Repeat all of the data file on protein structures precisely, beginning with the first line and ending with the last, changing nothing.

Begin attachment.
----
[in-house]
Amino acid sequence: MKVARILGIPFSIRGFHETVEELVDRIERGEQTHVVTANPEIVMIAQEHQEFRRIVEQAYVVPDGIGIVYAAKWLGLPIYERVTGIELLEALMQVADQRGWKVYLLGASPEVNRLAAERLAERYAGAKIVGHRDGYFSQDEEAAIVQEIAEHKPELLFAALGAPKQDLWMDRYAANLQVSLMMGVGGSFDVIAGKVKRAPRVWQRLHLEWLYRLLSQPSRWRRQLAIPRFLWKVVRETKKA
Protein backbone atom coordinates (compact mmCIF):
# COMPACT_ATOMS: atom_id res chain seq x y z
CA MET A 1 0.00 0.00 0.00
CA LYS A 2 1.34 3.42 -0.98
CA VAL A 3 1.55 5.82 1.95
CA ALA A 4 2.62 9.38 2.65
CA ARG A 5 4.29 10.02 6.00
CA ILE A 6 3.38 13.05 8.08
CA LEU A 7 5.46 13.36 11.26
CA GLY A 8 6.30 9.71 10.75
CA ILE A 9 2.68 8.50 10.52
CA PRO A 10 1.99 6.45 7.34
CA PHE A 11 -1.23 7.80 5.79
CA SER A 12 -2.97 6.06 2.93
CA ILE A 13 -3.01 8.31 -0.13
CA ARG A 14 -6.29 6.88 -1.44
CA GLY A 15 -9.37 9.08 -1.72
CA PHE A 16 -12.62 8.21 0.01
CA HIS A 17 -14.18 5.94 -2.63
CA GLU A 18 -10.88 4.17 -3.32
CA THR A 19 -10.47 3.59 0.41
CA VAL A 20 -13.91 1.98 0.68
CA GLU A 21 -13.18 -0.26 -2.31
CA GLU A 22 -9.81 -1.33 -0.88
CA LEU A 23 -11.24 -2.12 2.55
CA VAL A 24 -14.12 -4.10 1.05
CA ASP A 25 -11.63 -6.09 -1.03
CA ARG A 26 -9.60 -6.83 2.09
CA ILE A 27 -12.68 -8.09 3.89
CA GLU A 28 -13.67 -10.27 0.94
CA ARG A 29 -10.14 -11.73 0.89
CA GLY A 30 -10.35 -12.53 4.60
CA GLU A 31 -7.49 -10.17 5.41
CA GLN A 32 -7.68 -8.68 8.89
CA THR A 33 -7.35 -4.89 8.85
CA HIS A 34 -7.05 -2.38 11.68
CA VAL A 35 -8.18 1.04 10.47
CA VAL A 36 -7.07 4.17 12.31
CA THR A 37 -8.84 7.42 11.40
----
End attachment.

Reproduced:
[in-house]
Amino acid sequence: MKVARILGIPFSIRGFHETVEELVDRIERGEQTHVVTANPEIVMIAQEHQEFRRIVEQAYVVPDGIGIVYAAKWLGLPIYERVTGIELLEALMQVADQRGWKVYLLGASPEVNRLAAERLAERYAGAKIVGHRDGYFSQDEEAAIVQEIAEHKPELLFAALGAPKQDLWMDRYAANLQVSLMMGVGGSFDVIAGKVKRAPRVWQRLHLEWLYRLLSQPSRWRRQLAIPRFLWKVVRETKKA
Protein backbone atom coordinates (compact mmCIF):
# COMPACT_ATOMS: atom_id res chain seq x y z
CA MET A 1 0.00 0.00 0.00
CA LYS A 2 1.34 3.42 -0.98
CA VAL A 3 1.55 5.82 1.95
CA ALA A 4 2.62 9.38 2.65
CA ARG A 5 4.29 10.02 6.00
CA ILE A 6 3.38 13.05 8.08
CA LEU A 7 5.46 13.36 11.26
CA GLY A 8 6.30 9.71 10.75
CA ILE A 9 2.68 8.50 10.52
CA PRO A 10 1.99 6.45 7.34
CA PHE A 11 -1.23 7.80 5.79
CA SER A 12 -2.97 6.06 2.93
CA ILE A 13 -3.01 8.31 -0.13
CA ARG A 14 -6.29 6.88 -1.44
CA GLY A 15 -9.37 9.08 -1.72
CA PHE A 16 -12.62 8.21 0.01
CA HIS A 17 -14.18 5.94 -2.63
CA GLU A 18 -10.88 4.17 -3.32
CA THR A 19 -10.47 3.59 0.41
CA VAL A 20 -13.91 1.98 0.68
CA GLU A 21 -13.18 -0.26 -2.31
CA GLU A 22 -9.81 -1.33 -0.88
CA LEU A 23 -11.24 -2.12 2.55
CA VAL A 24 -14.12 -4.10 1.05
CA ASP A 25 -11.63 -6.09 -1.03
CA ARG A 26 -9.60 -6.83 2.09
CA ILE A 27 -12.68 -8.09 3.89
CA GLU A 28 -13.67 -10.27 0.94
CA ARG A 29 -10.14 -11.73 0.89
CA GLY A 30 -10.35 -12.53 4.60
CA GLU A 31 -7.49 -10.17 5.41
CA GLN A 32 -7.68 -8.68 8.89
CA THR A 33 -7.35 -4.89 8.85
CA HIS A 34 -7.05 -2.38 11.68
CA VAL A 35 -8.18 1.04 10.47
CA VAL A 36 -7.07 4.17 12.31
CA THR A 37 -8.84 7.42 11.40